And to be clear; I talk from experience, I once reduced the number of field staff from 42 to 18 and was still voted the “Best Maintained Course in Malaysia” in 1999/2000.

Belanja minum?

Derma untuk belanja saya dan memberi lebih tenaga supaya lebih kreatif!


So I say, let’s reduce the need for staff regardless of local or foreign. The question is, how can we lower the number of staff required to maintain a golf course? Well, here are some of my suggestions:

  1. Mechanise. Walk-behinds need more manpower. The thing is, most golf courses ‘cheat’; it should take six walk-behinds to equal two triplex mowers (the goal should be to finish mowing in front of the first flight i.e. 9.00 a.m) but many golf courses get by with using two or four walk-behinds. But seriously, get a good triplex mower, finish mowing at 9.00 a.m, backlap for 10 minutes, take a 20 minute break and by 9.30 your operator can start to mow fairways or rough already. Or, use six walk-behinds and provide each one with a transport so they too finish at 9.00 a.m. and then operate other machines. That is just one example ya, you can also find ways to minimise the use of brush-cutters.
  2. Slow down growth. Use plant growth regulators (PGR) to slow down the growth of the grass. What it does is it shortens the internodes and makes the grass grow shorter.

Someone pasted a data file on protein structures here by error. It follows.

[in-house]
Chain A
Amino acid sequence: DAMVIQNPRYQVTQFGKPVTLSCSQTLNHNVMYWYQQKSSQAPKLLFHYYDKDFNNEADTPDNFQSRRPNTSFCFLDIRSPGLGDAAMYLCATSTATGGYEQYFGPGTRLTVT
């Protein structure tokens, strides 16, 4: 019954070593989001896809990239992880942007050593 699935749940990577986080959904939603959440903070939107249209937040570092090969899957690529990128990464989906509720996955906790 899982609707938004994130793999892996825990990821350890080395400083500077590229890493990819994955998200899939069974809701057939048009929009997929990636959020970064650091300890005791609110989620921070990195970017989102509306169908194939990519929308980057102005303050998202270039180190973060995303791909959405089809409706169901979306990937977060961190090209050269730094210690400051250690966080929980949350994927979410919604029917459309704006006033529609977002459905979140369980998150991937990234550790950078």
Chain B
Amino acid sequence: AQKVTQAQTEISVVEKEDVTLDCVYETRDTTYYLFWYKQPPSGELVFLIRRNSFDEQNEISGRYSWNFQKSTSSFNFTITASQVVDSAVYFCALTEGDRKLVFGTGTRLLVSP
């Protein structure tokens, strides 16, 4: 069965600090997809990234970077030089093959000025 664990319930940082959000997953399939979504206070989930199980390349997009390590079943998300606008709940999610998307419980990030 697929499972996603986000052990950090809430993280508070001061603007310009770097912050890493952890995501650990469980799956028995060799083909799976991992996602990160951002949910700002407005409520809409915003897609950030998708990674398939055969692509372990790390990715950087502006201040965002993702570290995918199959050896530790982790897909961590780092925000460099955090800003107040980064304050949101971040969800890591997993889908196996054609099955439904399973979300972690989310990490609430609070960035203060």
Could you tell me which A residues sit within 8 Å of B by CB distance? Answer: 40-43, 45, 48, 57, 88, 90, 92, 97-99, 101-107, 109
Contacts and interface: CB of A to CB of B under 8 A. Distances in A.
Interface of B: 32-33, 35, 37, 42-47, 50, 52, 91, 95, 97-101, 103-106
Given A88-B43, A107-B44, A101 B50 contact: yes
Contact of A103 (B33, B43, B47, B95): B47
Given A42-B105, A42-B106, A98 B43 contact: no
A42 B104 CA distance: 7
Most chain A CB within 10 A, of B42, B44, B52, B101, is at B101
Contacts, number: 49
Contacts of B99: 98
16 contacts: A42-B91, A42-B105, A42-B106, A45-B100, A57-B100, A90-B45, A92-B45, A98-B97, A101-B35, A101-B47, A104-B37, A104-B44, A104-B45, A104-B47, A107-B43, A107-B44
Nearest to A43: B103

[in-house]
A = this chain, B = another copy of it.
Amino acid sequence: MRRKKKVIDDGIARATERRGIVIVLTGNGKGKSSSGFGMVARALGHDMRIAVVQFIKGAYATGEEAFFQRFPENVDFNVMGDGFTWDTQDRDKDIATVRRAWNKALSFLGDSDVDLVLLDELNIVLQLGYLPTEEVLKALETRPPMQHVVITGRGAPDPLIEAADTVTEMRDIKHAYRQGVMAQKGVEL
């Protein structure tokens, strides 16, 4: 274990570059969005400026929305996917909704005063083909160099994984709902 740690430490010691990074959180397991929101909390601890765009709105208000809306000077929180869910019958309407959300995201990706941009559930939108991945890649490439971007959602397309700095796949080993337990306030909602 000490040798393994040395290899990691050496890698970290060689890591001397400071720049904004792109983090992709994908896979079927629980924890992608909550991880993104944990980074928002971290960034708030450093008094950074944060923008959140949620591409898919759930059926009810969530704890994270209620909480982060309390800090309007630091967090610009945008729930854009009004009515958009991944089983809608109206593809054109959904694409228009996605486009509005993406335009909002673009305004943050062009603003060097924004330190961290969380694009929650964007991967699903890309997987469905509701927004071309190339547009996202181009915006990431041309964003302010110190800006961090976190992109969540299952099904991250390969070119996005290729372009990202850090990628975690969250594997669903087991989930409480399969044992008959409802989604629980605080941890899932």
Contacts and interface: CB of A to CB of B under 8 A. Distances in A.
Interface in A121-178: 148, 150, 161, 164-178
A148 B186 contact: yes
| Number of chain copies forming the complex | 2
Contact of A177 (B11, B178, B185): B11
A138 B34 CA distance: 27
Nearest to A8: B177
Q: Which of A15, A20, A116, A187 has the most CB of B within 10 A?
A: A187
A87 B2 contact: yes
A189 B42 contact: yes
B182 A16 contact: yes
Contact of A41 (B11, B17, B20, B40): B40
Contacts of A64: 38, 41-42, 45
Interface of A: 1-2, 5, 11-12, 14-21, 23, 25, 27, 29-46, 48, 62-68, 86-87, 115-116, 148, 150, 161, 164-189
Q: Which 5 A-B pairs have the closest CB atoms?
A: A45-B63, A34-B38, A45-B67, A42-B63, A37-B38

Benefits: It has a side effect of creating denser stands of turf. You can cut down up to 30% of your mowing needs.
    Disadvantages: you need to apply regularly to reap the benefits and this has cost but if done correctly the benefits outweigh the costs.pgr-primo-comparison
  3. Some architecutur… architektural… some design changes. The kind that will help you reduce workers. It is best if you do it from the beginning but perhaps you can reduce your dependence on future workers by using the current workers in redesigning your course. Some examples; have less steep slopes, reduce quantity of bunkers (or at least, don’t lah have the high-faced KLGCC type of bunkers). I never can understand the need for these kind of high maintenance bunkers. Ya, ya, ya, the new textile mat you put on the bunker face holds the sand and less need for maintenance. The comparison is between two high-faced bunkers; one with the mat and one without. I challenge you to compare maintenance cost of one high-faced bunkers with the mat and one bunker with low sand face or a ‘turf bunker’.bunker mats